In charge of the kingdom, the Queen is jealous of the youth and beauty of her stepdaughter Snow White. She banishes the young princess to her room, eager to be seen as the fairest in all the land. When Snow White sees the outside world, she is convinced the Queen must be stopped. Snow White needs some help in her plan to reclaim her birthright…
Mirror Mirror is light in tone, which should enamour audiences. The film does not take itself too seriously, the campy feel hits the right balance been joviality and keeping the story engaging. The script is amusing, there is plenty of humour throughout the duration. Pacing is not as tight as it could be, however.
Although it retains the general plot, Mirror Mirror updates the Snow White fairy tale. Singh’s adaptation is somewhat more modern than the Disney version at least. There is a greater emphasis on the power and responsibility of Snow White; she is not quite the passive princess of previous incarnations. There is also more of an accentuation on the importance of working together, which is surely a good message for younger viewers.
Everything about Mirror Mirror is pleasing to the eye. The film features a highly stylised look, something of a trait the director. The art design, costumes, sets and effects are quintessential fantasy in their removal from reality. Colour is used extremely well in the film, particularly in the costumes of Snow White and the Queen.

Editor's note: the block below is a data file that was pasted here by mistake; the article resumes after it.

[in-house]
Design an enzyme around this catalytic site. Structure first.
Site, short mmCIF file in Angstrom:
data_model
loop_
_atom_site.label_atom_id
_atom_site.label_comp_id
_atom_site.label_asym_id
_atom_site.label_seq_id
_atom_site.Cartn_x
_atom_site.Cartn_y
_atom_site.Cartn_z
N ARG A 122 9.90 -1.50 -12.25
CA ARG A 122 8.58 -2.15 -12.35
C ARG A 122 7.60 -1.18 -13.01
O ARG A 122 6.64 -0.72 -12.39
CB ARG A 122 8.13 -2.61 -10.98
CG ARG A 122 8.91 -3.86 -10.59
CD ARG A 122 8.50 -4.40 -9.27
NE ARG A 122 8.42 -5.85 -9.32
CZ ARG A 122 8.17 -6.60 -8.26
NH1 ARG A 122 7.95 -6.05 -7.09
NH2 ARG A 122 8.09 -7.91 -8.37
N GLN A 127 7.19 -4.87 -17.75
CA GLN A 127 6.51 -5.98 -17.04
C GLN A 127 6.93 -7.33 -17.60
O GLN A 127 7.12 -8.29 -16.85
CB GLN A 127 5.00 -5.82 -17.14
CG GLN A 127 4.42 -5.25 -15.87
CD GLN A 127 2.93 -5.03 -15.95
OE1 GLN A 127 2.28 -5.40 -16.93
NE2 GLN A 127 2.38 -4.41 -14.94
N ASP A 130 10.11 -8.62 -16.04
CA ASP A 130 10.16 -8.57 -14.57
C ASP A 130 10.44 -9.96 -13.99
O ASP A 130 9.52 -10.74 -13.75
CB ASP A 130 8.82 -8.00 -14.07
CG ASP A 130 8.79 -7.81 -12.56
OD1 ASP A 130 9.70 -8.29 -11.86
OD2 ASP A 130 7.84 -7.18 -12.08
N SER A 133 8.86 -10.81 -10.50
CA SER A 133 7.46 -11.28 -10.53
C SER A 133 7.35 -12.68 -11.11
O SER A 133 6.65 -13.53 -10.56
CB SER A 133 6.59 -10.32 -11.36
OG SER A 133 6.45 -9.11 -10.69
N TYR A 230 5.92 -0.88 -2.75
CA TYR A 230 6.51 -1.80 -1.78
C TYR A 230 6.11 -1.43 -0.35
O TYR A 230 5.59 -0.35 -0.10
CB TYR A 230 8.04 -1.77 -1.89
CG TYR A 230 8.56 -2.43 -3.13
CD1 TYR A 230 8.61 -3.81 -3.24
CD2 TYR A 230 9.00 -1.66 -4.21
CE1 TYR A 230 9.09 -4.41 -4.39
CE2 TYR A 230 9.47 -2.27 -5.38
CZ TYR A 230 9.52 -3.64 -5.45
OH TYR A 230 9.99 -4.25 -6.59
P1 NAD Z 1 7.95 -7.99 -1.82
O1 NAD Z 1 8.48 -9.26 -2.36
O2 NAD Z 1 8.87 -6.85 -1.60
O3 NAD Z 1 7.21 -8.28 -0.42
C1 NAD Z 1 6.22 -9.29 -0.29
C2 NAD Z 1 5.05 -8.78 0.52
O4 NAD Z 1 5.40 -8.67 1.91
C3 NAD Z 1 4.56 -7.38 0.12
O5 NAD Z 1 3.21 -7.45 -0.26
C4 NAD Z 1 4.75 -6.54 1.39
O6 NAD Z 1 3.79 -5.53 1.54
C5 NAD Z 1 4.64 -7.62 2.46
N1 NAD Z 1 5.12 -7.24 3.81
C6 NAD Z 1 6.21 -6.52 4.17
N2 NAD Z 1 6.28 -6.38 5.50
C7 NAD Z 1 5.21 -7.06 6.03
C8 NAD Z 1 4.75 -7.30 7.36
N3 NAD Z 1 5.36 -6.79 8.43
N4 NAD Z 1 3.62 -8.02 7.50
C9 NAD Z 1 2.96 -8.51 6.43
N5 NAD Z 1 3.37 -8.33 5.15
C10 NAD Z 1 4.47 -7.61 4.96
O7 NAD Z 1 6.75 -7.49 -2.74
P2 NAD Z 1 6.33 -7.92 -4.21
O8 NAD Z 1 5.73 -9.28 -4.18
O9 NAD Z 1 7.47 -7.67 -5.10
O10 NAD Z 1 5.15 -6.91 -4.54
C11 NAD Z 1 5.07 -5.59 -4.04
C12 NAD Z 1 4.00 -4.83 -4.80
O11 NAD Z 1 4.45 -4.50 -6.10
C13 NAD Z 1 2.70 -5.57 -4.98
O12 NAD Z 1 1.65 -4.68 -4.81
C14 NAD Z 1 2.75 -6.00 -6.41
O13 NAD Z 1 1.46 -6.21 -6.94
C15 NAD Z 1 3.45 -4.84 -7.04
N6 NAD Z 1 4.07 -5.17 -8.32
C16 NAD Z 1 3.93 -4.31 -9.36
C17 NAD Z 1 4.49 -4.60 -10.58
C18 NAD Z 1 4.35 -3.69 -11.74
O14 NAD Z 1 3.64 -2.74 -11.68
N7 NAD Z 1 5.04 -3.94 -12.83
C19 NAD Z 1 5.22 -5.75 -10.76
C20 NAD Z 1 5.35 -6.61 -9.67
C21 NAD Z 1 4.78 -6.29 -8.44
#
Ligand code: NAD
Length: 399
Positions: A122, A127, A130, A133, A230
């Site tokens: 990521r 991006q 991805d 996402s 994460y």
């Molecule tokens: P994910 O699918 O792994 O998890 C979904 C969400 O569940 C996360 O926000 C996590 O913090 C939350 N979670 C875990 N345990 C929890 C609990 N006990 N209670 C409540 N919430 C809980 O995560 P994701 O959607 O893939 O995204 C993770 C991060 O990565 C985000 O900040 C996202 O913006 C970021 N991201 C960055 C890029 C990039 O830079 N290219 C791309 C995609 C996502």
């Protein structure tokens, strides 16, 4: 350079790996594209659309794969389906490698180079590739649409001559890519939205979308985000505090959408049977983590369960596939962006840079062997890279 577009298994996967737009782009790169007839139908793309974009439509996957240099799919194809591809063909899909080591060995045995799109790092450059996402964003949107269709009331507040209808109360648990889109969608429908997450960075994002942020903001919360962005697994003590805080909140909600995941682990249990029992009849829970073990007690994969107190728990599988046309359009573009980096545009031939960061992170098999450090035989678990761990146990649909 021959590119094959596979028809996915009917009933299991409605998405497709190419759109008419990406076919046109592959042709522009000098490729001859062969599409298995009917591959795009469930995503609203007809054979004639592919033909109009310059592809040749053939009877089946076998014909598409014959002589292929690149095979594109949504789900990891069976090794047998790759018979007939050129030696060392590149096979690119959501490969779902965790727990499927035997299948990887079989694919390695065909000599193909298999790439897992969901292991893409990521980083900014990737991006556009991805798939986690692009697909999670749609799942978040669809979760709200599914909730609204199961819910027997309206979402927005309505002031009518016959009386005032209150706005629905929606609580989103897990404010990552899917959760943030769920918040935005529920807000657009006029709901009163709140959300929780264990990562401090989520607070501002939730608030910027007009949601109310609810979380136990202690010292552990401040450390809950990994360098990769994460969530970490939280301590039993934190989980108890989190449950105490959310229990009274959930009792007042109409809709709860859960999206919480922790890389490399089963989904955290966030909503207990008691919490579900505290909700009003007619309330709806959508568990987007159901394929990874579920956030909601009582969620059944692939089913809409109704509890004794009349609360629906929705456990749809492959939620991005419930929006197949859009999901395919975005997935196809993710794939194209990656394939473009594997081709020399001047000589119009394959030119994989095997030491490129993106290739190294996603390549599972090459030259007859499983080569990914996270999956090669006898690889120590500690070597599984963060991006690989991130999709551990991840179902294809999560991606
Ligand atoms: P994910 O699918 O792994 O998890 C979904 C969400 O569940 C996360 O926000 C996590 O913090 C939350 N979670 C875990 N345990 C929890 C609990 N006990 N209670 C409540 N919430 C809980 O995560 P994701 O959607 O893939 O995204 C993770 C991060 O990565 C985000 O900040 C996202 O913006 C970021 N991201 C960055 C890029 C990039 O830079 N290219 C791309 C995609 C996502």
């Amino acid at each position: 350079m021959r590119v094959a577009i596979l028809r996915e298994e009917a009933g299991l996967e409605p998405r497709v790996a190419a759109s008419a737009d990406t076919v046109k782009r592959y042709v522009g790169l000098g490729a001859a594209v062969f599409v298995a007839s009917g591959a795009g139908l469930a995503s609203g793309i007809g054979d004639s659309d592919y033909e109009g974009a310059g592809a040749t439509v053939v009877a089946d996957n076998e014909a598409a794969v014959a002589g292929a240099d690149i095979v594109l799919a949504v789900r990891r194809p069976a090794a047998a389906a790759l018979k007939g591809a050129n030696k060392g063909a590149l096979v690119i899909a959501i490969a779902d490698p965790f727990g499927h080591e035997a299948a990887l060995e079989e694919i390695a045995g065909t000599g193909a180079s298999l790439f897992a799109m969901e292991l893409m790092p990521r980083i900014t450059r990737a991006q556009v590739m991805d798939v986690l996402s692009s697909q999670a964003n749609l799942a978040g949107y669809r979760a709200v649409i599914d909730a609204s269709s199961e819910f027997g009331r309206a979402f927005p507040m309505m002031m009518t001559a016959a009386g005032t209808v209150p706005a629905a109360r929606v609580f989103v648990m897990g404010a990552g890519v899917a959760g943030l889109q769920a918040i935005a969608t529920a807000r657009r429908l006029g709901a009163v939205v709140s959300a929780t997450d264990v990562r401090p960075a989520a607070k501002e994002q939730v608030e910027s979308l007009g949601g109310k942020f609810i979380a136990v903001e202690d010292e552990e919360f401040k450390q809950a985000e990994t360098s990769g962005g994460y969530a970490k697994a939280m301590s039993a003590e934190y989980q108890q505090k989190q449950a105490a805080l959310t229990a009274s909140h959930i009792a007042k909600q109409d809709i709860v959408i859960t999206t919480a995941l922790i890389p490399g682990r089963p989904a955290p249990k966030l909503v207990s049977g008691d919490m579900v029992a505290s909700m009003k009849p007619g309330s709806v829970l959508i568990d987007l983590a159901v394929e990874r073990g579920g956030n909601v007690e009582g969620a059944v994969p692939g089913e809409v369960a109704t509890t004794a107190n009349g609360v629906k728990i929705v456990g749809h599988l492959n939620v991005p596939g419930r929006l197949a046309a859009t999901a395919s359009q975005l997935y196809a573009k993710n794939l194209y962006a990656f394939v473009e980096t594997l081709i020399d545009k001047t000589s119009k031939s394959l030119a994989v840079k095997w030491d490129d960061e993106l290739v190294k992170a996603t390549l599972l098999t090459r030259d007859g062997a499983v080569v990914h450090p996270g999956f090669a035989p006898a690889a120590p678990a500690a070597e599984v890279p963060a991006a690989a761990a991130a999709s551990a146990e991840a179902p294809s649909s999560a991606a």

Julia Roberts is a little irritating as the Queen. The actress had obviously been told to ham it up. Lily Collins is a delight as Snow White, looking every inch the part. Armie Hammer takes to light comedy surprisingly well as Prince Alcott. Nathan Lane provides good support as Brighton.
Mirror Mirror should prove to be enjoyable viewing for both family audiences and those looking for a light and amusing distraction.